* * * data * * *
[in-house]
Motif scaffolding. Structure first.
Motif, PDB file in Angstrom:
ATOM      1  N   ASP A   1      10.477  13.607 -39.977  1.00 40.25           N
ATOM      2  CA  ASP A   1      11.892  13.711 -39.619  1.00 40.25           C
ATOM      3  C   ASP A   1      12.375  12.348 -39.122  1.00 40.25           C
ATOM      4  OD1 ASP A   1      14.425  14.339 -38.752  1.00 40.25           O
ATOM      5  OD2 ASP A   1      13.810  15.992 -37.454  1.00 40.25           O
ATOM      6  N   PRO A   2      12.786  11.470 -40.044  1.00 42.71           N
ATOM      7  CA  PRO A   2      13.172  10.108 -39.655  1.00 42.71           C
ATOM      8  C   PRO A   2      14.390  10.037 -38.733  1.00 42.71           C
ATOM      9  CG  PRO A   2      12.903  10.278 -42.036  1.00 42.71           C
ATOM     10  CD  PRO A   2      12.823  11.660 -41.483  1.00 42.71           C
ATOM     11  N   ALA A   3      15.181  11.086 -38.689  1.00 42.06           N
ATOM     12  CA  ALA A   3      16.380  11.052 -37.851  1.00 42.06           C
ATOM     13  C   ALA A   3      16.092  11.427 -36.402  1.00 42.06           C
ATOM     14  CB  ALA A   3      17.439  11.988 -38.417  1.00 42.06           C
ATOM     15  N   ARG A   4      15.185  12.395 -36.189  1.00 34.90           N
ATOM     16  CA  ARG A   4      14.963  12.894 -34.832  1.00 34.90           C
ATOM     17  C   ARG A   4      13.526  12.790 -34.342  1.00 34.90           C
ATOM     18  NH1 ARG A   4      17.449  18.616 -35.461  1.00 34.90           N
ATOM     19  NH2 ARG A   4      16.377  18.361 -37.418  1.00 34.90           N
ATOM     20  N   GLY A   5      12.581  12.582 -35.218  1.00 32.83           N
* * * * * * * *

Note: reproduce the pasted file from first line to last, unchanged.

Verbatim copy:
[in-house]
Motif scaffolding. Structure first.
Motif, PDB file in Angstrom:
ATOM      1  N   ASP A   1      10.477  13.607 -39.977  1.00 40.25           N
ATOM      2  CA  ASP A   1      11.892  13.711 -39.619  1.00 40.25           C
ATOM      3  C   ASP A   1      12.375  12.348 -39.122  1.00 40.25           C
ATOM      4  OD1 ASP A   1      14.425  14.339 -38.752  1.00 40.25           O
ATOM      5  OD2 ASP A   1      13.810  15.992 -37.454  1.00 40.25           O
ATOM      6  N   PRO A   2      12.786  11.470 -40.044  1.00 42.71           N
ATOM      7  CA  PRO A   2      13.172  10.108 -39.655  1.00 42.71           C
ATOM      8  C   PRO A   2      14.390  10.037 -38.733  1.00 42.71           C
ATOM      9  CG  PRO A   2      12.903  10.278 -42.036  1.00 42.71           C
ATOM     10  CD  PRO A   2      12.823  11.660 -41.483  1.00 42.71           C
ATOM     11  N   ALA A   3      15.181  11.086 -38.689  1.00 42.06           N
ATOM     12  CA  ALA A   3      16.380  11.052 -37.851  1.00 42.06           C
ATOM     13  C   ALA A   3      16.092  11.427 -36.402  1.00 42.06           C
ATOM     14  CB  ALA A   3      17.439  11.988 -38.417  1.00 42.06           C
ATOM     15  N   ARG A   4      15.185  12.395 -36.189  1.00 34.90           N
ATOM     16  CA  ARG A   4      14.963  12.894 -34.832  1.00 34.90           C
ATOM     17  C   ARG A   4      13.526  12.790 -34.342  1.00 34.90           C
ATOM     18  NH1 ARG A   4      17.449  18.616 -35.461  1.00 34.90           N
ATOM     19  NH2 ARG A   4      16.377  18.361 -37.418  1.00 34.90           N
ATOM     20  N   GLY A   5      12.581  12.582 -35.218  1.00 32.83           N